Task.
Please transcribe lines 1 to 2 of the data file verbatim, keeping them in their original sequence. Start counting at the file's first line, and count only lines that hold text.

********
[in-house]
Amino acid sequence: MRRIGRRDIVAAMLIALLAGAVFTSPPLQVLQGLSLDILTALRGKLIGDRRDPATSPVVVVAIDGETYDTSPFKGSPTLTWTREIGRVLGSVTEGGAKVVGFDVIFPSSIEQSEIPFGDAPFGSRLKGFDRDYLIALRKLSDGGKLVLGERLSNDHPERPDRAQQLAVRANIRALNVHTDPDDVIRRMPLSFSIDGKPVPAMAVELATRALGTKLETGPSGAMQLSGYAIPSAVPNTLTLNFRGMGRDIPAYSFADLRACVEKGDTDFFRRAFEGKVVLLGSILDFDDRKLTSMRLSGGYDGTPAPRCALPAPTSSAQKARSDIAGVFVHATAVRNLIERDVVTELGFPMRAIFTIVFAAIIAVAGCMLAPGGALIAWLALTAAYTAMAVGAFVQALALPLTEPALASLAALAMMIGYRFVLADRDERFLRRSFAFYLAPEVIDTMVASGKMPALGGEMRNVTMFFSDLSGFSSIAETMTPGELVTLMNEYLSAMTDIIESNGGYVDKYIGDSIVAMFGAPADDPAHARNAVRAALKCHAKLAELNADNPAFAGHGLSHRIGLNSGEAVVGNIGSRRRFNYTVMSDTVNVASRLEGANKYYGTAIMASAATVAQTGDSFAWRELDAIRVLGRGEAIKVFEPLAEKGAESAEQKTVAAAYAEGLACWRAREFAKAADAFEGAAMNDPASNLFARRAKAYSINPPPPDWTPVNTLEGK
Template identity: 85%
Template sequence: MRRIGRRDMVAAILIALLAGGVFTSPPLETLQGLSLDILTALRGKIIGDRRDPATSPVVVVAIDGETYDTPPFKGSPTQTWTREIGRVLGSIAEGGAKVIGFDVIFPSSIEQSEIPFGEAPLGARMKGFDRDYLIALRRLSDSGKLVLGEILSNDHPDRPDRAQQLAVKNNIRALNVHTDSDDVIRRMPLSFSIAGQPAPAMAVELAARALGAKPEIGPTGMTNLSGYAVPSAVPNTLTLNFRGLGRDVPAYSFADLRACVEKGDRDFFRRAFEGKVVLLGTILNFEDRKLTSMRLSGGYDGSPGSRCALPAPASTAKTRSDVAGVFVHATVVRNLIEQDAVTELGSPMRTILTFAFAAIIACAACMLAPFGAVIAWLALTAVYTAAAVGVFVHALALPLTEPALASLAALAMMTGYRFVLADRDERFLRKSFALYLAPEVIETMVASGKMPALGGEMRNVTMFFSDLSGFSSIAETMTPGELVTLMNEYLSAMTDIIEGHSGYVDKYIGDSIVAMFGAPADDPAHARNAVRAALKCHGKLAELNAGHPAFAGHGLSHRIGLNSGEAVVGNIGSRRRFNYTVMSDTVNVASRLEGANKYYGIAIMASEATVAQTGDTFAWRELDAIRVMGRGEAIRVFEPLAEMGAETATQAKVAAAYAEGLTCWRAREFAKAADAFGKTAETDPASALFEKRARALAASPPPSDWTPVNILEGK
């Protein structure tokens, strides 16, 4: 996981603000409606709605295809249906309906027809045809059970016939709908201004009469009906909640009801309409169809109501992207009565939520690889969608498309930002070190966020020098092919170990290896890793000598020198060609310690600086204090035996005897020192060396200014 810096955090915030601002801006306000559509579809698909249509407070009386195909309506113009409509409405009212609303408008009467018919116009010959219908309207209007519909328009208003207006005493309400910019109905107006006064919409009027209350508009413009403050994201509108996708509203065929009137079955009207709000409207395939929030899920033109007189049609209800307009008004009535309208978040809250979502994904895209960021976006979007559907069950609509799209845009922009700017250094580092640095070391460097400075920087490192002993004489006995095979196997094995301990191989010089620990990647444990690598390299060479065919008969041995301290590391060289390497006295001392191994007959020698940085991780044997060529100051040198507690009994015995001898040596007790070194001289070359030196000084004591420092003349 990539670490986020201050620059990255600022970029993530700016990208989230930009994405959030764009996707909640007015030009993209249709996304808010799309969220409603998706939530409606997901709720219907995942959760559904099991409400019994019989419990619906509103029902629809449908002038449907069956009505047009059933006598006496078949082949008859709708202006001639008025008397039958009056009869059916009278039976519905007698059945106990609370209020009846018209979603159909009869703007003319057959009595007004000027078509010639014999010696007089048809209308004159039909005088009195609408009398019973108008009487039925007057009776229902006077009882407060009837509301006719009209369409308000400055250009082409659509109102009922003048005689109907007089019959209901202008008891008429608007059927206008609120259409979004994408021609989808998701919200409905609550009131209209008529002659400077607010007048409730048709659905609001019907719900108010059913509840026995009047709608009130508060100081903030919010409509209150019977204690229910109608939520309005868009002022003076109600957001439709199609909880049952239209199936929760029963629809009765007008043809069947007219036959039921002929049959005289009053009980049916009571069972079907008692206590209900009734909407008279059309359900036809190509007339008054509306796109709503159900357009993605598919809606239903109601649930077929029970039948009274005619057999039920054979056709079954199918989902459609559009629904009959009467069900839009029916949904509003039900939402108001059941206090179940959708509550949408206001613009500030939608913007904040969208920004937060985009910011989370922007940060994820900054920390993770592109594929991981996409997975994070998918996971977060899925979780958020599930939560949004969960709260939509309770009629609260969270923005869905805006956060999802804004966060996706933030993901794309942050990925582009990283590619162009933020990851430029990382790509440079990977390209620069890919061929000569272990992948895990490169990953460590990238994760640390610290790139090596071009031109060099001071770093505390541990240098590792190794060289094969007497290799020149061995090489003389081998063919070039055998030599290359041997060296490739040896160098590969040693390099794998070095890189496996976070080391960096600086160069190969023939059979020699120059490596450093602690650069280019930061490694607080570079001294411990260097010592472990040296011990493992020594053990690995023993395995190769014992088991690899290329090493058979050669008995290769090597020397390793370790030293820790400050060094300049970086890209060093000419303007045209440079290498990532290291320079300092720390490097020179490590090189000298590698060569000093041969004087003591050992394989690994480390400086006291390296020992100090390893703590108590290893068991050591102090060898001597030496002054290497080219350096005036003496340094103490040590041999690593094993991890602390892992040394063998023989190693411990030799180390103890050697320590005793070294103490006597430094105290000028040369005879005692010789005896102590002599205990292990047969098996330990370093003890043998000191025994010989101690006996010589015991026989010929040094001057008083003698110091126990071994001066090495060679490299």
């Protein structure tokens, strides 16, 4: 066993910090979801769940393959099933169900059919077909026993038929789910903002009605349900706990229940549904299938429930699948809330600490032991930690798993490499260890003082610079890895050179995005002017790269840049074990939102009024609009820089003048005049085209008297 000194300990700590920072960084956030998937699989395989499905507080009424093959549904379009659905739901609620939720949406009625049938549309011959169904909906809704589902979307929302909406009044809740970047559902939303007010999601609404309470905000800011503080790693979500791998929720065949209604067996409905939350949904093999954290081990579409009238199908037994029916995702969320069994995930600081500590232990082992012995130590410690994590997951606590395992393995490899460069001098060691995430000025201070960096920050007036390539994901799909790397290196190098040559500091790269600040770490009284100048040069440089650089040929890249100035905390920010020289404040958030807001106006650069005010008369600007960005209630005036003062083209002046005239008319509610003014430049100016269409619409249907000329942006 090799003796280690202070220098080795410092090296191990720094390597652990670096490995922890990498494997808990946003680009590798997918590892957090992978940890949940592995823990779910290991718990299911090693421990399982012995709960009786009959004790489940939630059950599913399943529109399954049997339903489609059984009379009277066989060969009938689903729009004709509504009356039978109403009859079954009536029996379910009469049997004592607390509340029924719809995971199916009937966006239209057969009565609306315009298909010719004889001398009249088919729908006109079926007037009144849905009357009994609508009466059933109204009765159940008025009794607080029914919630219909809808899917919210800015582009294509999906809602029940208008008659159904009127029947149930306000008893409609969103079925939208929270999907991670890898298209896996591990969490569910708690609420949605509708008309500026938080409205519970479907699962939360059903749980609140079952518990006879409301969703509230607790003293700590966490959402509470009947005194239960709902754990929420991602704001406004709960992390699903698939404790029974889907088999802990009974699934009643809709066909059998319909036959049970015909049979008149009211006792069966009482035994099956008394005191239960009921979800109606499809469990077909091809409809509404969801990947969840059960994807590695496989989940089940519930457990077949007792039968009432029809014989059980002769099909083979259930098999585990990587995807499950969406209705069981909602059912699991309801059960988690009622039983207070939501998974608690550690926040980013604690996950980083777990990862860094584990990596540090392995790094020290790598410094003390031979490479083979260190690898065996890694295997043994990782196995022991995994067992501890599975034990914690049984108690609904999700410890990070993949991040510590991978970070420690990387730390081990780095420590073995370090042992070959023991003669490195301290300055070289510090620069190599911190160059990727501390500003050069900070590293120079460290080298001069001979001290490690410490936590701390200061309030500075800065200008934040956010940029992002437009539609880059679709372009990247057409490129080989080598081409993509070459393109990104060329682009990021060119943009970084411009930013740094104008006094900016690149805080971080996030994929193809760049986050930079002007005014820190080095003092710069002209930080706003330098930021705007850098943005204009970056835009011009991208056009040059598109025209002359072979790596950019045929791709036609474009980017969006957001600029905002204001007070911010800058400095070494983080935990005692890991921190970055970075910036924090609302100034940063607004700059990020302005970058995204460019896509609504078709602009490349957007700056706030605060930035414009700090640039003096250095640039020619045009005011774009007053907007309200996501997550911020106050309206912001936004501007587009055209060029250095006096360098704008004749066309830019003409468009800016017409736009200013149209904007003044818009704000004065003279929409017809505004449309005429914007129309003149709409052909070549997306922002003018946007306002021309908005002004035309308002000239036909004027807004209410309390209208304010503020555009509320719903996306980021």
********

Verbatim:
[in-house]
Amino acid sequence: MRRIGRRDIVAAMLIALLAGAVFTSPPLQVLQGLSLDILTALRGKLIGDRRDPATSPVVVVAIDGETYDTSPFKGSPTLTWTREIGRVLGSVTEGGAKVVGFDVIFPSSIEQSEIPFGDAPFGSRLKGFDRDYLIALRKLSDGGKLVLGERLSNDHPERPDRAQQLAVRANIRALNVHTDPDDVIRRMPLSFSIDGKPVPAMAVELATRALGTKLETGPSGAMQLSGYAIPSAVPNTLTLNFRGMGRDIPAYSFADLRACVEKGDTDFFRRAFEGKVVLLGSILDFDDRKLTSMRLSGGYDGTPAPRCALPAPTSSAQKARSDIAGVFVHATAVRNLIERDVVTELGFPMRAIFTIVFAAIIAVAGCMLAPGGALIAWLALTAAYTAMAVGAFVQALALPLTEPALASLAALAMMIGYRFVLADRDERFLRRSFAFYLAPEVIDTMVASGKMPALGGEMRNVTMFFSDLSGFSSIAETMTPGELVTLMNEYLSAMTDIIESNGGYVDKYIGDSIVAMFGAPADDPAHARNAVRAALKCHAKLAELNADNPAFAGHGLSHRIGLNSGEAVVGNIGSRRRFNYTVMSDTVNVASRLEGANKYYGTAIMASAATVAQTGDSFAWRELDAIRVLGRGEAIKVFEPLAEKGAESAEQKTVAAAYAEGLACWRAREFAKAADAFEGAAMNDPASNLFARRAKAYSINPPPPDWTPVNTLEGK